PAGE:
In the wake of Covid-19, established social etiquettes around the world have dramatically changed and this change is bound to be a permanent one. Maintaining 6 feet of distance at all times, wearing a mask in public, and standing in designated areas in public places have all become the new normal. This sudden and extended social change has struck a string of permanence in a frightened population and it is would mean the end to how we once interacted. Already as parks, museums and critical businesses are beginning to reopen under phase 1, there are strict social distancing rules and mandatory protective measures being implemented; proving that the once social kiss or handshake could be a thing of the past. Following the aftermath of COVID-19, society might conclude that social distancing and changes in social interactions would lead to a decline in the transmission of all diseases, and it would be better to eliminate close-contact social greetings such as a kiss or handshake. Currently, around 86%  of all Americans support lockdown and social distancing methods until there is a significant decline in COVID cases. Most officials predict that this decline will only be made possible following the invention of a vaccine, which is at least 12-18 months  away from widespread availability. In the span of this prolonged period, society might notice a significant downtick in the spread of the seasonal flu, cold, and other diseases. This could lead people to question the necessity behind close-contact social greetings and propose the complete elimination of them. This incoming change is most prominently evidenced by the media. In recent TV shows, actors have been shown sitting farther apart from colleagues and practicing more nuanced forms of greeting. As parks and restaurants reopen, they have marked discrete seating boundaries. This can psychologically change people and lead them to form larger personal spaces or bubbles. This might render the contact established through a social kiss or handshake seem intrusive.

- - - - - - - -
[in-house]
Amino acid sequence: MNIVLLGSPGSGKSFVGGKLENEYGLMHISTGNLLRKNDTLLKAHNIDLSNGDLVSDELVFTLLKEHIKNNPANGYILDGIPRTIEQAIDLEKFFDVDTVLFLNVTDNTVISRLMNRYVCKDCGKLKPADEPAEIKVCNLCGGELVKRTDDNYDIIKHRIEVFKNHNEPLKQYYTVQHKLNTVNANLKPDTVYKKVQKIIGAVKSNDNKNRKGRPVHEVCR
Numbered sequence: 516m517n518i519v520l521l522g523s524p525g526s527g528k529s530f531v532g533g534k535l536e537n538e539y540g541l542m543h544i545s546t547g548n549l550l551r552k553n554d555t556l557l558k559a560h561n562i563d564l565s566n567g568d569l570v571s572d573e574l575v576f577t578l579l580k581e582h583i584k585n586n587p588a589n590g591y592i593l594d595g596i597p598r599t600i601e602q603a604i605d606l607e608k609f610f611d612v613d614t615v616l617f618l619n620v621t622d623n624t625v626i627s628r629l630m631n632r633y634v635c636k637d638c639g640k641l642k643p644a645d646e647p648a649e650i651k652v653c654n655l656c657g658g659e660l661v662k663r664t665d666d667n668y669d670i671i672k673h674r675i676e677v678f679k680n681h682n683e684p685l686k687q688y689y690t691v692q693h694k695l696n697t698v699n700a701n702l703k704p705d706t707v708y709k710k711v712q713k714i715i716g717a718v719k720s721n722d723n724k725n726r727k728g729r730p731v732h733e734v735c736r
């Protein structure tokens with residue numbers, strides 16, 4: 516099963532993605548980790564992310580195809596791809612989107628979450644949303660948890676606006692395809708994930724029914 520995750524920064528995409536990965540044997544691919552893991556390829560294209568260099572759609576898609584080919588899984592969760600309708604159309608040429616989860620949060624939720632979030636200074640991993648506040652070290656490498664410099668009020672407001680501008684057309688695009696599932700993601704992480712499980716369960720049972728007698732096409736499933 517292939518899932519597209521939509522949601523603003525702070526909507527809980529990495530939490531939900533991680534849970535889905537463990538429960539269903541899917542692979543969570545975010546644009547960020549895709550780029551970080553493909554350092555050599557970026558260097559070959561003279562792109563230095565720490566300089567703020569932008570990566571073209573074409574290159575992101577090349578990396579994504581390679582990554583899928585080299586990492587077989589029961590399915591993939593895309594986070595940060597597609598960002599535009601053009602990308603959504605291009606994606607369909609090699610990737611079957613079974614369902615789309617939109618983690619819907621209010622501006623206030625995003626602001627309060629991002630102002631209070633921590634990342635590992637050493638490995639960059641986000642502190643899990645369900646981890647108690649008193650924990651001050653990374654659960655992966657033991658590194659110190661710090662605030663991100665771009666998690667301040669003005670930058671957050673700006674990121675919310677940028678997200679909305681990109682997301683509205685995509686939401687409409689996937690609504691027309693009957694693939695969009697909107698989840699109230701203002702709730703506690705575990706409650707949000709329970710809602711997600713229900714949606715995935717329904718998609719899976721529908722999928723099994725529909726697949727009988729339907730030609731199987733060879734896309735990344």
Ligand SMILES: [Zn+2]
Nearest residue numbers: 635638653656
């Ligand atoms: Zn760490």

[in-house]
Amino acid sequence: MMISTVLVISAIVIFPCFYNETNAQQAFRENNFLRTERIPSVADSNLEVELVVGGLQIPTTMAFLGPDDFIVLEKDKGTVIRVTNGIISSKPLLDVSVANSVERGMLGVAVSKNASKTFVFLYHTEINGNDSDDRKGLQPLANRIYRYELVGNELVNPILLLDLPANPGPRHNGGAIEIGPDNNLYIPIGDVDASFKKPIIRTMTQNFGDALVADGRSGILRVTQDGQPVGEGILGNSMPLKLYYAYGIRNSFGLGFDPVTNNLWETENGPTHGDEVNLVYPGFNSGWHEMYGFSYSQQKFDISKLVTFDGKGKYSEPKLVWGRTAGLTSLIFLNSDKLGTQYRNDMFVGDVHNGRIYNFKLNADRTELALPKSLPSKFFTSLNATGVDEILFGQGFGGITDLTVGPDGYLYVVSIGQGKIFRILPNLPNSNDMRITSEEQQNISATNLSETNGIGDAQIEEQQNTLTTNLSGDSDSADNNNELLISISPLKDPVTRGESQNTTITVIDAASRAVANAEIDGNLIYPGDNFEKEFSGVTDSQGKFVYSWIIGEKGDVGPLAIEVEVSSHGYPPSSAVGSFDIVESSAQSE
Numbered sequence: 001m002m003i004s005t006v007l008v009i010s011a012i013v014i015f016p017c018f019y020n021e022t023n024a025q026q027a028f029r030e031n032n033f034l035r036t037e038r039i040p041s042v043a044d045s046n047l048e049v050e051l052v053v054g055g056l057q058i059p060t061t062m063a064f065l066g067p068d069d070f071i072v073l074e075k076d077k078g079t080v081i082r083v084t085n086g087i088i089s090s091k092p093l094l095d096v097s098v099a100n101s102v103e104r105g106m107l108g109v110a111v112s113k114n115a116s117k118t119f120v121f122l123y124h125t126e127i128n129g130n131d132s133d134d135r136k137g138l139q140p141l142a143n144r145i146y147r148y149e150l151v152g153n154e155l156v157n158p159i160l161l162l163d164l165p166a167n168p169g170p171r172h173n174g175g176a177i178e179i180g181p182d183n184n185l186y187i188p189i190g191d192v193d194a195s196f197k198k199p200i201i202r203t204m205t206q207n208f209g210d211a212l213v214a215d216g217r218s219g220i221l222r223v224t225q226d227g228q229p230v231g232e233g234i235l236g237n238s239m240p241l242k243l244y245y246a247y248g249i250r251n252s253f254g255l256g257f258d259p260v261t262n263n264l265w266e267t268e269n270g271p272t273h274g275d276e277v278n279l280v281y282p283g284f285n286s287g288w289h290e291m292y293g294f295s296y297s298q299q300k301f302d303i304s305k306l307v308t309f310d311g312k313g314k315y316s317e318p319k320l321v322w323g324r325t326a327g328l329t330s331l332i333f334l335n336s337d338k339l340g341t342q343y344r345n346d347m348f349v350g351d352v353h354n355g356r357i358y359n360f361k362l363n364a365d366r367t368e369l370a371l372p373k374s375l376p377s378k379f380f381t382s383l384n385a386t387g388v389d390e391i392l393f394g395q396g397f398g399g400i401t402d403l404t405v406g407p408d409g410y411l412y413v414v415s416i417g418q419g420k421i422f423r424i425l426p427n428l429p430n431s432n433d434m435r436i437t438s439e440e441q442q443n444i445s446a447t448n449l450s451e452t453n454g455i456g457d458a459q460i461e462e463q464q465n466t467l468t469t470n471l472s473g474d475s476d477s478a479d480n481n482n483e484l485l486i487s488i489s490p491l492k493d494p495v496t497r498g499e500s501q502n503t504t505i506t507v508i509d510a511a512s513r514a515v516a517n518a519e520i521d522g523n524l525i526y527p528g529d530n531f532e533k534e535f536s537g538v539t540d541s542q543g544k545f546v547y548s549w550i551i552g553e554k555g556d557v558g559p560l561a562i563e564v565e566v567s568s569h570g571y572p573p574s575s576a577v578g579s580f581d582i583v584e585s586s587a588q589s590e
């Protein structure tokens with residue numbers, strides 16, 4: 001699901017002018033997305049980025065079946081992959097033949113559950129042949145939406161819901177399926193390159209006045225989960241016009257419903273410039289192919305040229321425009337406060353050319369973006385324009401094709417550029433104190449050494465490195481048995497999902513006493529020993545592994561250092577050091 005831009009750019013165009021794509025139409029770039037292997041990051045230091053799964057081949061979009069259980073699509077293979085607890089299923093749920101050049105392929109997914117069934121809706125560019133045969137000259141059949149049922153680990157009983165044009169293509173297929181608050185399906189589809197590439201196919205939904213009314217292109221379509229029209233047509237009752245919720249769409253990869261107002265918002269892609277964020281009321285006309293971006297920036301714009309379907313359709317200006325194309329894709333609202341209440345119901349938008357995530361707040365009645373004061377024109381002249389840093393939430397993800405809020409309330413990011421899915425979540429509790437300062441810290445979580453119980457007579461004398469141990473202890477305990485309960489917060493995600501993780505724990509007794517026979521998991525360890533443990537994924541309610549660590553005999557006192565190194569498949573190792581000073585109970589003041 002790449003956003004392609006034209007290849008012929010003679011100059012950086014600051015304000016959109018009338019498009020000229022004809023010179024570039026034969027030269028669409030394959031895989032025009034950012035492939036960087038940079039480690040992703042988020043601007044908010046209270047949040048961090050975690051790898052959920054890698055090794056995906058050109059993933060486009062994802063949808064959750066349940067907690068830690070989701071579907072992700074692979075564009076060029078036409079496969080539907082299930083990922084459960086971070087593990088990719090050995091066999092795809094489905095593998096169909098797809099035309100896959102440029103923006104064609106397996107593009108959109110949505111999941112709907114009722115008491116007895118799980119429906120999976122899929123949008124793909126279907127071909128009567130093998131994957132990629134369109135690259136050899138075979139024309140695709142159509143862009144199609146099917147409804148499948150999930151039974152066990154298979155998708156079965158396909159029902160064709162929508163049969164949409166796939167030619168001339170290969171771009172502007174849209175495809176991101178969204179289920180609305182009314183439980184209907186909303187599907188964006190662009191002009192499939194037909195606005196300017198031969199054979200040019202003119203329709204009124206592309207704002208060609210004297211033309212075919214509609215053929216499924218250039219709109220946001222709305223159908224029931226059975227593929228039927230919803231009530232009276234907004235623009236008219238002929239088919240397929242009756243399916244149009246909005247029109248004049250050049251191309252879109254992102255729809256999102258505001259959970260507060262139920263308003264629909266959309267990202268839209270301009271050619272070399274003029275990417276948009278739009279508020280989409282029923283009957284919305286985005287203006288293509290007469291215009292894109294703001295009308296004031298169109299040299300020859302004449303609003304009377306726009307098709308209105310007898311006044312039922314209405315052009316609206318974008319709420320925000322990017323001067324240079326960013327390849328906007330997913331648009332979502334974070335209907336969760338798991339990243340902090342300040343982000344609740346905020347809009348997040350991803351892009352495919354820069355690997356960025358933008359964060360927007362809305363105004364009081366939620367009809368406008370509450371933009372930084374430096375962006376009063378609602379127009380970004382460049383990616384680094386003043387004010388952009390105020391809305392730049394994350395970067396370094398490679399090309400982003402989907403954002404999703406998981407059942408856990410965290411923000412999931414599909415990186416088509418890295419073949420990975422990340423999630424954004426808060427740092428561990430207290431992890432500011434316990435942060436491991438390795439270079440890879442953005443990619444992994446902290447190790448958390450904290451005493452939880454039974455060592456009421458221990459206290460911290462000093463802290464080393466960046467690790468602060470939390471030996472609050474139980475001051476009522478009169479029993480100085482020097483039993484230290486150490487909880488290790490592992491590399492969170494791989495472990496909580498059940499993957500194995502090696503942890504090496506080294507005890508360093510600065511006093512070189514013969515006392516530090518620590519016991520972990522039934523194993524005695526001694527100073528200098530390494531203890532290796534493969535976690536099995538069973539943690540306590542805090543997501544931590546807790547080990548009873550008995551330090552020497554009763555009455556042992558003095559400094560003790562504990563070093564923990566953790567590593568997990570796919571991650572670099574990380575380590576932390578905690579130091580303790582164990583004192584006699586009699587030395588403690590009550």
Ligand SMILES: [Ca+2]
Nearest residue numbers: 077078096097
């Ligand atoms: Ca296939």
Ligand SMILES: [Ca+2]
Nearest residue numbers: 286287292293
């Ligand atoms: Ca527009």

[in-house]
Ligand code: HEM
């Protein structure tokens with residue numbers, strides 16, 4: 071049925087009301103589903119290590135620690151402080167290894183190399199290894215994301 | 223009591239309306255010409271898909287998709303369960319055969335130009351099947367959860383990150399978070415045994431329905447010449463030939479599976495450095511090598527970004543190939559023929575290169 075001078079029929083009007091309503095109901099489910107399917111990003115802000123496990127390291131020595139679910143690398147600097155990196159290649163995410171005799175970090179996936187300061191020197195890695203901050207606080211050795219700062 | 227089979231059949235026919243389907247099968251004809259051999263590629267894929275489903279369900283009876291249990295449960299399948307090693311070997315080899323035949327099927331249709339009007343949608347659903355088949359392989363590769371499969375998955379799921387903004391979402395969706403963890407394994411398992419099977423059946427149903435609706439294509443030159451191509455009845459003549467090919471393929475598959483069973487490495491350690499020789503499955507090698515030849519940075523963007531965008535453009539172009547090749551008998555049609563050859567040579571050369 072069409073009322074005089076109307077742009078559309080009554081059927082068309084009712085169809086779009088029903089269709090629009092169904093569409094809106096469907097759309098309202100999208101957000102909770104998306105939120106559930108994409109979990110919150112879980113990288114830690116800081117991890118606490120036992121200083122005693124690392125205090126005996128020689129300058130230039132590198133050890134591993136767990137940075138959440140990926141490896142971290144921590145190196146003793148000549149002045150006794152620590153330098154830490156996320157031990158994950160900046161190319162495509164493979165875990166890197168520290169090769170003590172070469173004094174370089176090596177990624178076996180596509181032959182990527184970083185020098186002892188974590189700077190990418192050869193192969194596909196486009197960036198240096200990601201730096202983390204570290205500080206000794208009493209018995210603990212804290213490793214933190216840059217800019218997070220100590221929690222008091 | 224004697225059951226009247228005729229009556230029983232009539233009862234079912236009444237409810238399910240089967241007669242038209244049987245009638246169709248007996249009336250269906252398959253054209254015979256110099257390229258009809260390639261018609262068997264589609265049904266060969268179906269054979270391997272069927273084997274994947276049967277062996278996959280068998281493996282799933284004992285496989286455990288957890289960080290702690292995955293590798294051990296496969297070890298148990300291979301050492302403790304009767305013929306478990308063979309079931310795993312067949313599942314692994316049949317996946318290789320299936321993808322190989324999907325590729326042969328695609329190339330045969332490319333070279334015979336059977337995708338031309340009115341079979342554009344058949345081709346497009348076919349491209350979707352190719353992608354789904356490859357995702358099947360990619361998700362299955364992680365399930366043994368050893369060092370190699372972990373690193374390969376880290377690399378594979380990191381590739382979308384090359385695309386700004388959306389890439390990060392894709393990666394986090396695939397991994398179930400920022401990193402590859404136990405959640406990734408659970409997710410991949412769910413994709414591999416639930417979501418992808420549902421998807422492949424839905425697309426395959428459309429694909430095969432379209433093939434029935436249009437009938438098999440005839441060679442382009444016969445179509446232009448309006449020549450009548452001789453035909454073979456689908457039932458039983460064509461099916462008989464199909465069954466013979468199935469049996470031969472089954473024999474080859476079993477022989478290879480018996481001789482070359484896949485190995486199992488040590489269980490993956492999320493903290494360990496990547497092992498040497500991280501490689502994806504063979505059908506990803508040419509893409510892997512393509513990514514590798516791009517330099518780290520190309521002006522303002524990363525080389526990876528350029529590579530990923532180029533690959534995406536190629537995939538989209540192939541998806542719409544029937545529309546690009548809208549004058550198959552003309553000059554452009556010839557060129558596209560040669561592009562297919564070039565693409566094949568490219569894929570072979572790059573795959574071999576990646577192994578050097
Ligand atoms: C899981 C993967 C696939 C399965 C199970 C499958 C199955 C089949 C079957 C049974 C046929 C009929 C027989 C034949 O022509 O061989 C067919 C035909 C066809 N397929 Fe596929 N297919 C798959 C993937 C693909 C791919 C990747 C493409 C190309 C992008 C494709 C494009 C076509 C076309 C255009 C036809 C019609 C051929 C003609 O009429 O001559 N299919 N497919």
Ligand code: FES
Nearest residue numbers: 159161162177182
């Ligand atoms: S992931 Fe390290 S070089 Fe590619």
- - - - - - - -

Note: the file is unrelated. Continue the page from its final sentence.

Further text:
A pandemic of any global proportion, lasting however many years, is not sufficient enough to change centuries and in some cases, millenniums worth of social interactions. Even if there is a significant decrease in the number of illnesses among people, complete avoidance of tactile contact can be psychologically painful. Almost all people around the globe are waiting to return to their way of life before COVID-19 struck. Simple signs in parks or social distancing measures are not enough to prevent people from greeting each other as they did in the past. Now, this is not to say that, in general, people will be more mindful about social courtesies such as covering their sneezes or being more cautious about going to work when they are sick. Society will also take additional sanitary methods to preserve health and wellness. However, it is highly unlikely that they will abandon all social forms of greetings that they were using just six or so months ago.